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Tektronix Cables Found

Richard Solomon
 

In my stash I came up with
two Cables, marked 010-164.

A little Googling says they are
part of a Probe P-6041 that
has two Current Transformers,
CT-1 and CT-2.

Since I have neither of those
Transformers, the cables are
maybe useful as recycled test
leads.

Anyone know the characteristics
of the coax (at least it looks like
coax) used in these cables ?

Thanks, Dick, W1KSZ

Greg Muir
 

Dick,

Do you realize that you are hanging on to a cable currently selling new through distribution for $300+? Although offers through ePay mostly for used ones are a lot cheaper.

According to the data sheet for the probes (http://www.farnell.com/datasheets/1797419.pdf) The attached probes function out to beyond 1 GHz with rise times down to 200 ps so I suspect that the cable must be exhibiting a fairly low capacity to do so.

Greg

Richard Solomon
 

I saw the prices on e-Bay for
the cables with transformers.

Didn't see any of the cables
by themselves.

Maybe I should just put them up
there and see what happens.

Thanks for the reply,

Dick, W1KSZ

On Fri, Aug 16, 2019 at 7:13 PM Greg Muir via Groups.Io <big_sky_explorer=
yahoo.com@groups.io> wrote:

Dick,

Do you realize that you are hanging on to a cable currently selling new
through distribution for $300+? Although offers through ePay mostly for
used ones are a lot cheaper.

According to the data sheet for the probes (
http://www.farnell.com/datasheets/1797419.pdf) The attached probes
function out to beyond 1 GHz with rise times down to 200 ps so I suspect
that the cable must be exhibiting a fairly low capacity to do so.

Greg



Greg Muir
 

Dick,

The offerings from distributors are poorly worded to a great extent making it rather confusing as to what the offering is.. Looking in a 1966 Tektronix catalog (yes, these things have been around for some time) on page 145 they single out the "probe" (cable) from the CT series current transformers by stating that the "probe" serves as an interconnecting cable between the current transformer and oscilloscope. And it was a jaw drop to see the prices then as compared to now:

CT-2 current transformer: $17
P6041 current probe: $12
Both together: $31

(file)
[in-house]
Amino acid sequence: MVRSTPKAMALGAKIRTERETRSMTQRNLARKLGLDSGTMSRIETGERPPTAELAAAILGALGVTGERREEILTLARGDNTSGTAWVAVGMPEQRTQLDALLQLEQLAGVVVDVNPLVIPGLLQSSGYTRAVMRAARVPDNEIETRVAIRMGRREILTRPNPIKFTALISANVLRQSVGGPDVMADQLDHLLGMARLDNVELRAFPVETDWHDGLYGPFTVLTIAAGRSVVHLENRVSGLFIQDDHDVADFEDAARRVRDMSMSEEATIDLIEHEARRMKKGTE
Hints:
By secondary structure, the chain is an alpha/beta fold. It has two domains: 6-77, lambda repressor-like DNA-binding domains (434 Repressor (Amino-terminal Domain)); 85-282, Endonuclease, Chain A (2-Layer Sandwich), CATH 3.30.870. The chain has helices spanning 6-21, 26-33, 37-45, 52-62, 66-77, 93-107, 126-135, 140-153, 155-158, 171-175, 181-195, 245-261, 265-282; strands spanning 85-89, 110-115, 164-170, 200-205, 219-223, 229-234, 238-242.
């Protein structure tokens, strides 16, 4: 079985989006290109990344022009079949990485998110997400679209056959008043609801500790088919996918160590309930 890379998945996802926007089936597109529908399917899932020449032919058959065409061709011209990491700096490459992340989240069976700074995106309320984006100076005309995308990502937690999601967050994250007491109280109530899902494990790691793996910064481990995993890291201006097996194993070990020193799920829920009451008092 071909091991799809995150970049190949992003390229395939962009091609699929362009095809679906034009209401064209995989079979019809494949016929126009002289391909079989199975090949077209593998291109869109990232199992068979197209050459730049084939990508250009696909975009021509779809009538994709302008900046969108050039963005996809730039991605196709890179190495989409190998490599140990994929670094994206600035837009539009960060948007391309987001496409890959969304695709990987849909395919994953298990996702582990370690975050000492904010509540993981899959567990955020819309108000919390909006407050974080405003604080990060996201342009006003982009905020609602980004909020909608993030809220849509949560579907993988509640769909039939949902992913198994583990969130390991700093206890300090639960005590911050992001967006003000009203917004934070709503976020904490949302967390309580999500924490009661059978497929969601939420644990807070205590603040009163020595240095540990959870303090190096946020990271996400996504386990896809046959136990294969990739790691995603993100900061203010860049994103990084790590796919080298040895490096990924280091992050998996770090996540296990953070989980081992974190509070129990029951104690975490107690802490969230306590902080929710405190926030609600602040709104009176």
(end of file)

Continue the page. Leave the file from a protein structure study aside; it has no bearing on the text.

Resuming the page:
If you look on Newark, they specifically call out the P-6041 as the cable only (https://www.newark.com/tektronix/p6041/ac-current-probe/dp/11B2427) and offer the CT probes together with the P-6041 for a price in the $800 range. The current price offering as compared to the 1966 one seems to have appreciated in a manner akin to that of gold.

As to why one would give a cable the label of "probe" as well as a probe model designation is beyond me. The CT-6 is a horse of a different color and also draws a hefty price close to $1k. But it's bandwidth is good to 2 GHz.

Greg

 

I learned an interesting lesson about eBay pricing trends from the CT-1 and CT-2. Back in the first half of the new decade (approximately 2000 to 2005) the CT-1 and CT-2 sold on eBay for $25 to $35 typically. I bought a few in those years and I kept track of the prices for them in case I wanted to buy one or two more.

Economists study auctions to gain an understanding about how prices are set for goods and services. There are few constraints on prices in an auction so whenever an auction for an item is successful it matches a seller who is willing to sell an item to a buyer willing to buy it for a price they both perceive to be fair. Auctions continuously establish the fair price for an item even as people's perceptions continuously change due to surrounding conditions. Most people alive today are forced to deal with a totally different system of pricing where items have fixed prices (and price stickers to reinforce this concept) and your only choice is to take it or leave it at that price. As recently as 150 years ago in the US there were no fixed prices and everything was negotiable in the form of barter which is just a variation on an auction.

eBay brought back our ability to barter for items we wanted as was done in the 1800s. One day I saw someone list a CT-1 for a starting price of $125. I send him an email telling him he should take a look at the current prices and the completed listings to realize he overpriced his listing and he would never sell it at that price. As politely as he could he told me to piss off.

He kept relisting his current probe every week and it never sold because there were always others listed for $25-$35. Most buyers knew there was almost nothing that can go wrong with these things so why pay more for one? This went on for at least 6 months then someone bought this sellers CT-1 current probe. This probably happened because that week there were no others listed and the buyer needed it in a hurry or didn't know how to look up the price of completed listings.